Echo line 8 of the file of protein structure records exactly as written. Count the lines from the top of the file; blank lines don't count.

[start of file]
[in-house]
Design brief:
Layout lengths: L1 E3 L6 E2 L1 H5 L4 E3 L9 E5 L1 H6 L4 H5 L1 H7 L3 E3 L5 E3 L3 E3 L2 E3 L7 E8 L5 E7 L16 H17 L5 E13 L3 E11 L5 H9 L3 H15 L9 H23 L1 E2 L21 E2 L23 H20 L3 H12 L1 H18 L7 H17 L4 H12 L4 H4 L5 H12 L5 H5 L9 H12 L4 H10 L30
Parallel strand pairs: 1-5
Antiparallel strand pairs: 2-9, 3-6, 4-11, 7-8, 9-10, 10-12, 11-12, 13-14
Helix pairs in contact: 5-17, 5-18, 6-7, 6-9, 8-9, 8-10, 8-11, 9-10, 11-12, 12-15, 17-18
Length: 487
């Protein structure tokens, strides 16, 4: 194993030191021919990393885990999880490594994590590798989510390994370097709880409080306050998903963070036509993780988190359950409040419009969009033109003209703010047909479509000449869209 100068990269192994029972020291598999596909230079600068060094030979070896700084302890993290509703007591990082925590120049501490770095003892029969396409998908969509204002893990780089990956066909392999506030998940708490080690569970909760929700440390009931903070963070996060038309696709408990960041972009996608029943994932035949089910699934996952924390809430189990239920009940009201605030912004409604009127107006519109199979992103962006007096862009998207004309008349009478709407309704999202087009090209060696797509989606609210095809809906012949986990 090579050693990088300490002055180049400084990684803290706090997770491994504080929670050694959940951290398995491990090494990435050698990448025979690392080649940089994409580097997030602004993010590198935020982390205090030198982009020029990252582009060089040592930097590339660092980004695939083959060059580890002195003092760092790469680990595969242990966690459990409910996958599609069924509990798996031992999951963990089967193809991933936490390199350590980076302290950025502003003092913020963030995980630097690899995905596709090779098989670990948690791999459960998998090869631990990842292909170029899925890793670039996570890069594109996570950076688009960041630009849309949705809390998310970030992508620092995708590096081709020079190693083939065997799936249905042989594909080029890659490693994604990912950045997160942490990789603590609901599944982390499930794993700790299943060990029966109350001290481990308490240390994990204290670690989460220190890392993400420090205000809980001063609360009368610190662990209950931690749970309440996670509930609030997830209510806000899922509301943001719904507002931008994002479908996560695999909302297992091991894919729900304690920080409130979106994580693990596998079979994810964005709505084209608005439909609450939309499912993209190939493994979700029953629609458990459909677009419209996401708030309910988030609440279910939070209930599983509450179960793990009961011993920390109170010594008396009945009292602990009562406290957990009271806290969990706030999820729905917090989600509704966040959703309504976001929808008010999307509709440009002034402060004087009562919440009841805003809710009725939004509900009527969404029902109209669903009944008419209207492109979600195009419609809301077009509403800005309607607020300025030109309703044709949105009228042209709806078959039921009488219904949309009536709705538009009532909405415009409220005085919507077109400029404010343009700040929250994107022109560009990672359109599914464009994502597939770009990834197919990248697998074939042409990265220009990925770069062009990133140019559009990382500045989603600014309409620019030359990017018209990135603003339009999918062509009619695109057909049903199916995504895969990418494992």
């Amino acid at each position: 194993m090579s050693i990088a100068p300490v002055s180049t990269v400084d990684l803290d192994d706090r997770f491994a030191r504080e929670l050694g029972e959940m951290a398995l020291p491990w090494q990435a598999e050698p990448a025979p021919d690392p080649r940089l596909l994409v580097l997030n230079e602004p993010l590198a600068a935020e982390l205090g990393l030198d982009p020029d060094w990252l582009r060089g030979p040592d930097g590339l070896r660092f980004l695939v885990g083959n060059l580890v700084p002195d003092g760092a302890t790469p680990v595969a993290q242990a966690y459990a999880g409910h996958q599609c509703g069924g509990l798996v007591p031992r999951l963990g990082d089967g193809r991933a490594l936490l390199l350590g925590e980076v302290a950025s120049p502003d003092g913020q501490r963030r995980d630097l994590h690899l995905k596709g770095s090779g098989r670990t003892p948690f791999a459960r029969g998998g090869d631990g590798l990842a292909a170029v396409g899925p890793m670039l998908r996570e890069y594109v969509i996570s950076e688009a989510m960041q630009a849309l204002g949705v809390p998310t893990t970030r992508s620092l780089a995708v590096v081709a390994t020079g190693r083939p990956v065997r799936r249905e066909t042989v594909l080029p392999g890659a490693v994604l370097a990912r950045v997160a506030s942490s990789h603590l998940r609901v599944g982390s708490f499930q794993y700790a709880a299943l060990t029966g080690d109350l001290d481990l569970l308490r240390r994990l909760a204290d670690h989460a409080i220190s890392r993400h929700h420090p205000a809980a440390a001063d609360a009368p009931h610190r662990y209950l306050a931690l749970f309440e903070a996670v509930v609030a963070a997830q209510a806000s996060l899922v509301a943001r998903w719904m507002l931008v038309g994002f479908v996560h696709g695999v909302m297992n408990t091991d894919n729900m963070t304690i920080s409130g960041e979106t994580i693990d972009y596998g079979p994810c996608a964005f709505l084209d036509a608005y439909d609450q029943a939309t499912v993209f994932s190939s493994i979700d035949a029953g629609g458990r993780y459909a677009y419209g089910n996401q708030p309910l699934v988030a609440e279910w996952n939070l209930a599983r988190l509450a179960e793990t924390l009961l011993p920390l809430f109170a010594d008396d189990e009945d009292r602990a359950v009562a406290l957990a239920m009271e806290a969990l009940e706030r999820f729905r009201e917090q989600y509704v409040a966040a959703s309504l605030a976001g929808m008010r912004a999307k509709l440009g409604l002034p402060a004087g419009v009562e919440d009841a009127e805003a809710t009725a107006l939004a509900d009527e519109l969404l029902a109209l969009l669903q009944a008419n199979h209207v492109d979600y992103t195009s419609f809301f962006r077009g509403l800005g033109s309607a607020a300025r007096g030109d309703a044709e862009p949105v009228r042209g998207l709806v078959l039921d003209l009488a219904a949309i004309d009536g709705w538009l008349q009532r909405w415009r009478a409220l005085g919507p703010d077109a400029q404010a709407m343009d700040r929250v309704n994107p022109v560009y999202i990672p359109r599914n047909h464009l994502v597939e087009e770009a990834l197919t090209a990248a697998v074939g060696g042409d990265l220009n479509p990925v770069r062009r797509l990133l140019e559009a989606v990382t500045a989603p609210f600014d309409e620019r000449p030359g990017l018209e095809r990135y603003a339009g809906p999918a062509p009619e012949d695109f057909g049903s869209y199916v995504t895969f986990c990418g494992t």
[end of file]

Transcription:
């Protein structure tokens, strides 16, 4: 194993030191021919990393885990999880490594994590590798989510390994370097709880409080306050998903963070036509993780988190359950409040419009969009033109003209703010047909479509000449869209 100068990269192994029972020291598999596909230079600068060094030979070896700084302890993290509703007591990082925590120049501490770095003892029969396409998908969509204002893990780089990956066909392999506030998940708490080690569970909760929700440390009931903070963070996060038309696709408990960041972009996608029943994932035949089910699934996952924390809430189990239920009940009201605030912004409604009127107006519109199979992103962006007096862009998207004309008349009478709407309704999202087009090209060696797509989606609210095809809906012949986990 090579050693990088300490002055180049400084990684803290706090997770491994504080929670050694959940951290398995491990090494990435050698990448025979690392080649940089994409580097997030602004993010590198935020982390205090030198982009020029990252582009060089040592930097590339660092980004695939083959060059580890002195003092760092790469680990595969242990966690459990409910996958599609069924509990798996031992999951963990089967193809991933936490390199350590980076302290950025502003003092913020963030995980630097690899995905596709090779098989670990948690791999459960998998090869631990990842292909170029899925890793670039996570890069594109996570950076688009960041630009849309949705809390998310970030992508620092995708590096081709020079190693083939065997799936249905042989594909080029890659490693994604990912950045997160942490990789603590609901599944982390499930794993700790299943060990029966109350001290481990308490240390994990204290670690989460220190890392993400420090205000809980001063609360009368610190662990209950931690749970309440996670509930609030997830209510806000899922509301943001719904507002931008994002479908996560695999909302297992091991894919729900304690920080409130979106994580693990596998079979994810964005709505084209608005439909609450939309499912993209190939493994979700029953629609458990459909677009419209996401708030309910988030609440279910939070209930599983509450179960793990009961011993920390109170010594008396009945009292602990009562406290957990009271806290969990706030999820729905917090989600509704966040959703309504976001929808008010999307509709440009002034402060004087009562919440009841805003809710009725939004509900009527969404029902109209669903009944008419209207492109979600195009419609809301077009509403800005309607607020300025030109309703044709949105009228042209709806078959039921009488219904949309009536709705538009009532909405415009409220005085919507077109400029404010343009700040929250994107022109560009990672359109599914464009994502597939770009990834197919990248697998074939042409990265220009990925770069062009990133140019559009990382500045989603600014309409620019030359990017018209990135603003339009999918062509009619695109057909049903199916995504895969990418494992």